Students create app to give users discounts on food with the snap of a picture
Maria Luisa Paul | Monday, February 24, 2020
Sitting together in their Introduction to Engineering class as freshmen, now seniors Horacio Lopez and Alexandra Lopez never imagined their friendship would turn into a partnership. However, three years later Horacio and Alexandra have engineered their own app together — GiveBee.
GiveBee serves as a community where app users share posts about the food venues they visit. After snapping the photos and posting them to their social media accounts users are rewarded “FreeBees,” which may be getting a 10 percent discount on their purchase for example. Users’ followers are able to screenshot these posts, upload them and also get a “FreeBee” in return. Ultimately, the businesses that are signed up in GiveBee can use this information to analyze how many new visitors are generated from these posts.
After launching in December 2019, the app currently has more than 300 community users and eight paying locations, including Purely Pressed, Tap House on the Edge, Bistro 933 and Salsa’s Mexican Restaurant, but Horacio said there are “many more to come soon.”
The idea for the app was conceived when Horacio was running Facebook ads for three local businesses the summer after his freshman year.
“I noticed that a massive driver to locations was customer content on Instagram,” Horacio said. “Because of Instagram, people are the new ads. But nothing existed for my local clients to automatically increase this behavior.”
Horacio said his parents owning a tapas restaurant in Evanston, Illinois also served as a motivator for his project.
He tried to develop the app during his sophomore year, but was unsuccessful in his efforts. More recently however, Horacio said he’s felt he has a “clearer, more focused path,” and with support from friends and partners like Alexandra, GiveBee became a reality.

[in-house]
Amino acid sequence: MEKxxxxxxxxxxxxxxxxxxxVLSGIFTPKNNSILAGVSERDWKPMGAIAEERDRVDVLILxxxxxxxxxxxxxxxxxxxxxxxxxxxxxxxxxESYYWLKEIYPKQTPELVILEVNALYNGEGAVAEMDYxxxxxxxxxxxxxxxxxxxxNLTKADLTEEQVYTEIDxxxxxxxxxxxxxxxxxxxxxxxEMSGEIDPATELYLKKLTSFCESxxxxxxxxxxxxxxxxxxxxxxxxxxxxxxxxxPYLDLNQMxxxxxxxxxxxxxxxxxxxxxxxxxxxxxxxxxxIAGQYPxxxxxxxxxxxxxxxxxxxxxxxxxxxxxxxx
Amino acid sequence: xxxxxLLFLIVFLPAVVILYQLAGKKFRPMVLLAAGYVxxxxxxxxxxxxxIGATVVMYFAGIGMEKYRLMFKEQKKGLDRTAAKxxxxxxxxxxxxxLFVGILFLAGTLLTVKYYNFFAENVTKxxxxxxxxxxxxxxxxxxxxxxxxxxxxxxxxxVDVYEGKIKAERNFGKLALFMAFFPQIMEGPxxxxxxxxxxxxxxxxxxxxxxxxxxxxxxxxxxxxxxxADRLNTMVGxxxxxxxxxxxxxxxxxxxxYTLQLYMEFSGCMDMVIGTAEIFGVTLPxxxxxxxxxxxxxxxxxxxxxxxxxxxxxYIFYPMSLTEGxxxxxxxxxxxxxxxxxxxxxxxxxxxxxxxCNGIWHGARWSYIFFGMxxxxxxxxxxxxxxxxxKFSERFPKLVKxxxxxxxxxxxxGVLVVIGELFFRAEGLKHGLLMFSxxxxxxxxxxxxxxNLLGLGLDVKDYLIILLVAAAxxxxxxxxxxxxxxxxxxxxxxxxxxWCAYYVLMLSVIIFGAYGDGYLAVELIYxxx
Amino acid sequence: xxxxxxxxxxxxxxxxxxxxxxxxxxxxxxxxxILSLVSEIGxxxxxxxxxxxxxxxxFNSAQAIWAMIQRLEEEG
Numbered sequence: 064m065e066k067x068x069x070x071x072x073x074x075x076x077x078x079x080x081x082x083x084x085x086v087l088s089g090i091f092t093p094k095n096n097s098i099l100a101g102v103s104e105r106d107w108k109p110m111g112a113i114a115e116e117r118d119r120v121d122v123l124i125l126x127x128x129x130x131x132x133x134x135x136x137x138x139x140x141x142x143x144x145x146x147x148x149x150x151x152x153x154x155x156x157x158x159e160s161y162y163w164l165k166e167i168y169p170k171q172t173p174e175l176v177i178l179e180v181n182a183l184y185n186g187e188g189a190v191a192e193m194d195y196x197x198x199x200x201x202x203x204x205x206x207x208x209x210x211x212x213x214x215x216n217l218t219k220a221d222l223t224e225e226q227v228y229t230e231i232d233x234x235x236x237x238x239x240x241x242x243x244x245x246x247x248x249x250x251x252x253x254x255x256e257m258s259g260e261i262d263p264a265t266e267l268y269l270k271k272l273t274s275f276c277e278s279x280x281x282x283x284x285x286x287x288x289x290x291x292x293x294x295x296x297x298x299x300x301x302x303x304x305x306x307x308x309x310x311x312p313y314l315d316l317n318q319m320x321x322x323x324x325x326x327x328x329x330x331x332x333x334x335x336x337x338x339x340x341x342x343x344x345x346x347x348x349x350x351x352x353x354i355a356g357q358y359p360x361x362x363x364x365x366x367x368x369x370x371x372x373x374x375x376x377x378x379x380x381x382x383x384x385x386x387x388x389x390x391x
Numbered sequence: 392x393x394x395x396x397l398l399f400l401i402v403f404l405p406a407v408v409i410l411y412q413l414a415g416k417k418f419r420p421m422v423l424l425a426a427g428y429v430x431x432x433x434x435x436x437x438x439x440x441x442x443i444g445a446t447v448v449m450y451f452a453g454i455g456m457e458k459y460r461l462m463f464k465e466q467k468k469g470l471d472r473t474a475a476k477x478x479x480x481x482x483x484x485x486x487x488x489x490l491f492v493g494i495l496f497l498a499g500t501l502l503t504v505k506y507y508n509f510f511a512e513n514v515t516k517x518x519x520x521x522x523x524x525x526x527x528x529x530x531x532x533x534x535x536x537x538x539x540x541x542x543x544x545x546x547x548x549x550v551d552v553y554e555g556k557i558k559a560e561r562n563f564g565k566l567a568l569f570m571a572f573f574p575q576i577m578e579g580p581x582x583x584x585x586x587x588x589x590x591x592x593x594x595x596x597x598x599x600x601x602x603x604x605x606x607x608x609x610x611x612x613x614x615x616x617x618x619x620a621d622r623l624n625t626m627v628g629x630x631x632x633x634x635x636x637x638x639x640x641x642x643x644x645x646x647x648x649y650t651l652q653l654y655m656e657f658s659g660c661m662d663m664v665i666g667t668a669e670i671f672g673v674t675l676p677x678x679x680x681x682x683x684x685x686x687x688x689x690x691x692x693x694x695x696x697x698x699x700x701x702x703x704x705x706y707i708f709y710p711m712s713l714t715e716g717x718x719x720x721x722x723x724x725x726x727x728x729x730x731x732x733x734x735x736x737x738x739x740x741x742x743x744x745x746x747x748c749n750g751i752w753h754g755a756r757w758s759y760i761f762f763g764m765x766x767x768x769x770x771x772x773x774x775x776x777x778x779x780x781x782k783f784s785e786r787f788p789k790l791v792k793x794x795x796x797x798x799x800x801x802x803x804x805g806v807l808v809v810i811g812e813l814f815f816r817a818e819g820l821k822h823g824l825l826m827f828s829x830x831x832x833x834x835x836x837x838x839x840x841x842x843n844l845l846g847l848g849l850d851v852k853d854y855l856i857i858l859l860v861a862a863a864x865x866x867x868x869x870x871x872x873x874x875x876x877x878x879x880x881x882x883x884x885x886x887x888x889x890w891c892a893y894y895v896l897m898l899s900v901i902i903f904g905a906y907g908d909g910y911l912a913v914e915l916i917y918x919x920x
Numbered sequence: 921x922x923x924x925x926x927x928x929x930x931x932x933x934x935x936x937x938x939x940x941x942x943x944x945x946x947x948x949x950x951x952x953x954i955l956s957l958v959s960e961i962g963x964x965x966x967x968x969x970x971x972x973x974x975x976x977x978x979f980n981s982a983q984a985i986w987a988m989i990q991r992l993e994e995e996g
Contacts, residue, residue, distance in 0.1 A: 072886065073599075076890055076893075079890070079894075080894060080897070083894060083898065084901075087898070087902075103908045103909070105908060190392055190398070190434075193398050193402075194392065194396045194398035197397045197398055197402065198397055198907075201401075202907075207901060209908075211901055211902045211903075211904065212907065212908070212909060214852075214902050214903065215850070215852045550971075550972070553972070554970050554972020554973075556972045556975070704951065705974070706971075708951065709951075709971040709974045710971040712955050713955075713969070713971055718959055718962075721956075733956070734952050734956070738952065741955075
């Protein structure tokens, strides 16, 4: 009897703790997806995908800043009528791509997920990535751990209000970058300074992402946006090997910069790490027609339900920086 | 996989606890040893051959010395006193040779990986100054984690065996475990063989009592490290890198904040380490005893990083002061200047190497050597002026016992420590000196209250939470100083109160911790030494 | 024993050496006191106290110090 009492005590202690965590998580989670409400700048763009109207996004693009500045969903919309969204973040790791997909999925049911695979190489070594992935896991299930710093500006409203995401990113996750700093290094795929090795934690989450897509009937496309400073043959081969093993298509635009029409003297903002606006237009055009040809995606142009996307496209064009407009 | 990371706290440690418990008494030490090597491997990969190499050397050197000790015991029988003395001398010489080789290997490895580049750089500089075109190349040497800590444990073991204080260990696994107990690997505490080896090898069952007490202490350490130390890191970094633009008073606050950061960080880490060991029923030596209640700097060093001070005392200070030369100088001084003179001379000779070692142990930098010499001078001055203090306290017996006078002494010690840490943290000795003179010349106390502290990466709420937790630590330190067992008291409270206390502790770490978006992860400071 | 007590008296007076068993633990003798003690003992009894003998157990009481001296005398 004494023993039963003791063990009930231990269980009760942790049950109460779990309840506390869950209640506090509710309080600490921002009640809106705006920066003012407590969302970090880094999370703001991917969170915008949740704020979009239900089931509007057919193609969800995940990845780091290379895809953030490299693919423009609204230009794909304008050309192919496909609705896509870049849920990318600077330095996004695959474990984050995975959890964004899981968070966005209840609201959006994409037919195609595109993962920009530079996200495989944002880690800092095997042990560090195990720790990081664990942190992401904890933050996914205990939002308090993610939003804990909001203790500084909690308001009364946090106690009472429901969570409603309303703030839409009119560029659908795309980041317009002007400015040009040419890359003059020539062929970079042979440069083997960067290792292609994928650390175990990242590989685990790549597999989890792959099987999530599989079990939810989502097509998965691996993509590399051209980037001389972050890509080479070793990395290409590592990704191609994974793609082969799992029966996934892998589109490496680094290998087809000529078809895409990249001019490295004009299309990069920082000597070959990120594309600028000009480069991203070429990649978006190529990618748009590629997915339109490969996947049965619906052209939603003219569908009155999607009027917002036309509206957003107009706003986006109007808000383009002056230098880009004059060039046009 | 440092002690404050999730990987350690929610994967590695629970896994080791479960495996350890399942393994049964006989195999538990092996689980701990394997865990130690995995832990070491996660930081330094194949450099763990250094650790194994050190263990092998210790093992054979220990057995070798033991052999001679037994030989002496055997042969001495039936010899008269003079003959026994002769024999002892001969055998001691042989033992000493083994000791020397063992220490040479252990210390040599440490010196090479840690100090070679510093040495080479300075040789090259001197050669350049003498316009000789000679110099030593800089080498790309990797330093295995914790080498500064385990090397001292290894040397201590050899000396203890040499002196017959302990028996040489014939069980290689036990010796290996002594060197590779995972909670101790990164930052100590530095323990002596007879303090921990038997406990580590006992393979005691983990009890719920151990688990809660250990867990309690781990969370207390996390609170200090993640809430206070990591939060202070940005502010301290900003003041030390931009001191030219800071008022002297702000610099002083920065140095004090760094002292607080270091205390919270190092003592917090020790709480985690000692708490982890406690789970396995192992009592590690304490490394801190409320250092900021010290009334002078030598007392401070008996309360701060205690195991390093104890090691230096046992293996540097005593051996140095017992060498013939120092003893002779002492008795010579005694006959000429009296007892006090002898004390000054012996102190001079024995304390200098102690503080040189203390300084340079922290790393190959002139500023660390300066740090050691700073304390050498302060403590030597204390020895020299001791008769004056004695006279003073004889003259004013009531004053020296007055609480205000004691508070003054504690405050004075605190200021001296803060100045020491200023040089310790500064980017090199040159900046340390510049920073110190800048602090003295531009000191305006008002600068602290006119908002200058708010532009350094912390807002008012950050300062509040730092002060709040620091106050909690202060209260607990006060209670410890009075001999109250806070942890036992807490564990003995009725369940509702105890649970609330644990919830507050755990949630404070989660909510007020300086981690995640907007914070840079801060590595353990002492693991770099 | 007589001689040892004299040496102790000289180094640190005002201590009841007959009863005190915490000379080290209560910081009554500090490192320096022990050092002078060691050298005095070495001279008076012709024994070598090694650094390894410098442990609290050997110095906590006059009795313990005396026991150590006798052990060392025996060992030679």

His current success has inspired Horacio to work on GiveBee full time after he graduates in May.
“At the current trajectory, GiveBee has enough to support myself in a workspace at Chicago’s 1871. Then, when the time is right, we’ll get a full-time team,” Horacio said.
At present, Horacio and Alexandra are working on advertising for the app, which is why they co-hosted an event with Tinder at Salsa’s Mexican Restaurant two weeks ago.
Their choice to host the event with Tinder stems from Horacio and Alexandra’s friendship with Tinder’s representative on campus, senior Joe Nwanebo.
“Joe has been one of the people we turn to for user interviews. During one of these interviews, he offered the opportunity to partner up for the event, so we took it,” Alexandra said.
Alexandra said taking Nwanebo’s advice was a great idea because they event turned out to be “the biggest driver of users so far.”
Throughout the process, Horacio and Alexandra both said they have gained valuable lessons and have experienced a steep learning curve.
“The biggest learning I’ve had is that anything that’s worth going after never comes easy, and sometimes the sacrifices are a lot, but if you truly love what you do, why do anything else?” Horacio said.
Alexandra echoed this sentiment and said she’s learned the important of resilience in endeavors like this one.
“I think one of the most important things I’ve learned is that we don’t always know everything, and it’s okay to be wrong at times,” Alexandra said.
Asking for advice and insight might lead to the best solutions, Alexandra said.
“It’s so important to talk to other people – potential users and advisors. You learn so much from every single conversation you have,” Alexandra said.
As a result, user feedback has become the backbone for GiveBee’s newest version.
“That was the biggest thing that’s changed in the newest version of GiveBee. Talking to users is a must,” Horacio said.
Looking back on his time at the University, Horacio said there was one thing he would tell his freshman self, the one who never imagined his future trajectory while sitting with Alexandra in class.
“I would tell myself: just keep going in the long term, don’t focus on the temporary failures and hiccups,” Horacio said. “It always turns out fine.”